We present the OLS results for Forecast Width, a different measure of specificity, for the guidance sample in Panel B of Table 2. Because we include only point and range forecasts in this analysis, only one set of results is presented. (We assign a forecast width of zero to the point forecasts. We calculate the forecast width of the range forecasts as the difference between the maximum and minimum values provided by management.) The regressions provide strong, consistent evidence of family firms offering narrower, and thus more specific, forecasts than non-family firms, regardless of the good, bad or neutral nature of the news. The coefficient for the Family Firm indicator variable is always negative and highly significant (p = .000 in all cases but that of neutral news, and in that case, p = .005). However, because family firms provide more point forecasts as guidance than non-family firms, we also examine the width of range forecasts separately. In this subsample (results not tabulated), the coefficient for the Family Firm Indicator variable continues to be negative and highly significant, regardless of the news. Thus, the evidence continues to support the conclusion that family firms offer more specific guidance than non-family firms in the sense that they offer more point forecasts and narrower range forecasts, consistent with H1.
We turn next to the Forecast Horizon regressions in Panel C of Table 2. In contrast to the strong univariate results, the OLS regressions indicate that only in the case of confirmatory guidance (neutral news) do family firms have consistently longer forecasting horizons than non-family firms. In the case of bad news when all guidance is considered, forecast horizons are significantly shorter for family firms but this result disappears when only point and range forecasts are considered. Thus, it appears that family firms are relatively less timely in providing qualitative guidance when it is considered bad news. Otherwise, once other influencing factors are controlled for, we find no other evidence of S&P 500 firms offering their guidance earlier in the quarter than non-family firms. Interestingly, both the Litigation Indicator and Reg FD Indicator variables are consistently positively associated with Forecast Horizon —a finding that suggests that litigation risk and the restrictions imposed by Reg FD improve the timeliness of guidance provided by S&P 500 firms.
The OLS regression results for Forecast Error and Forecast Surprise are presented in Panel D of Table 2. Again, we present the results for only point and range forecasts because of the need to identify a numerical forecast error or surprise. The regression results for the forecast errors are consistent with the univariate results: There is no significant association between forecast errors and family firm status. This suggests that incentives to provide accurate estimates of the upcoming earnings are similar for family and non-family firms. However, when the forecast surprise in guidance is considered (Panel D of Table 2), we find a significant, positive relation between the surprise and family firm status that is driven by the guidance that contains bad news. (The coefficient for the Family Firm Indicator variable is not significant for good news, and we cannot estimate the regression for forecast surprises of zero, which as noted earlier we define as neutral news.) Since bad news is made up of forecast surprises with negative signs, the significant, positive coefficient for the Family Firm Indicator variable in the bad news regressions indicates that family firms offer guidance that contain bad news for smaller forecast surprises (smaller deviations from the prevailing analyst consensus estimate) than do non-family firms—a finding that is consistent with some of the conclusions drawn from the univariate tests. That is, for bad news, family firms warn when the consensus analyst forecast is closer to their own expectation of the upcoming earnings number than do the non-family firms, and thus provide the information in a more timely manner. Again, considered collectively, family firms offer more specific guidance than non-family firms and, for bad news, offer guidance when the market’s estimate is relatively close to management’s estimate, consistent with H1.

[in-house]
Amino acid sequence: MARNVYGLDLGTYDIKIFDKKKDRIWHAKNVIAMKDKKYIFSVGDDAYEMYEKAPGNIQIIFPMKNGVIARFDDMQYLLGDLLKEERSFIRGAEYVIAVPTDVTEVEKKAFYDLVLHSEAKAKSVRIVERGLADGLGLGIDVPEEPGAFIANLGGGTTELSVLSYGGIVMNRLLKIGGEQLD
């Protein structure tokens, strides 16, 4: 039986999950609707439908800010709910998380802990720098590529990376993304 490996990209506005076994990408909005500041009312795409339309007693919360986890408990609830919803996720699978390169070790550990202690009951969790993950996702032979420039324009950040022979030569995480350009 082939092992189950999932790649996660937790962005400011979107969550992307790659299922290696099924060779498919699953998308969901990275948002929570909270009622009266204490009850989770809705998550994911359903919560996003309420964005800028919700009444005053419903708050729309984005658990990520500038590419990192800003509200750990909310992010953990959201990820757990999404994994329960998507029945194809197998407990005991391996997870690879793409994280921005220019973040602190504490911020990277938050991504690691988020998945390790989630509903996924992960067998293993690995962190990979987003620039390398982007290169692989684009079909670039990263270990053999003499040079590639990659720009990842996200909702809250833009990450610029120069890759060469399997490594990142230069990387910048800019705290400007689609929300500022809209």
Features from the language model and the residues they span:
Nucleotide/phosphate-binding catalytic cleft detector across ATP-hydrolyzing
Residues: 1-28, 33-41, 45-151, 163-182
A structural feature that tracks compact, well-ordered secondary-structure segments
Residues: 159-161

To complete the multivariate analysis, we turn to analyst and investor reactions to the management forecasts in our sample. Tables 3 and 4 contain the OLS regressions for Fraction of Estimate Revisions, Average Revision Delay and 3-Day CARs. Once again, we present the results for only point and range forecasts because of the need to calculate the forecast surprise. We focus first on the regressions designed to explain the fraction of analysts’ earnings estimates that are revised in response to guidance announcements (left half of Table 3). As is evident from the table, when all point and range forecasts are considered (the leftmost column of numbers), the interaction term between the Family Firm Indicator variable and Forecast Surprise (absolute value) is significantly positive (p = .057), suggesting that more analysts revise their estimates in response to a larger forecast surprise when the guidance is issued by a family firm. However, that same coefficient is insignificant in the bad- and good-news subsamples, indicating some weakness or sensitivity in the overall result. Further, the significant, negative coefficient for the Family Firm Indicator variable itself for the entire sample indicates that, on average, analysts make fewer revisions to the guidance issued by family firms. Interestingly, this result appears to be concentrated in the confirmatory guidance subsample—the Family Firm Indicator variable is significantly negative in that subsample but is indistinguishable from zero in the other two subsamples. Thus, so far the regression results provide some evidence of greater estimate revision activity for guidance issued by family firms, consistent with H2. When Average Revision Delay is considered (right half of Table 3), the regression results show an overall quicker response by analysts to a larger forecast surprise when the guidance is issued by a family firm: The interaction term between the Family Firm Indicator variable and Forecast Surprise (absolute value) is significantly negative when all forecasts are considered (p = .051). Once again, however, this same coefficient is not statistically significant in the bad- and good-news subsamples, indicating weakness or sensitivity in the overall result. Finally, in contrast to what we observe in the Fraction of Estimates Revised regressions, the Family Firm Indicator variable itself is never statistically significant in the Average Revision Delay regressions. As a result, we conclude that overall for our sample of S&P 500 firms, the data provide some evidence that analysts respond more strongly and more quickly, in terms of revising their earnings estimates, to guidance when it is issued by a family firm, consistent with H2.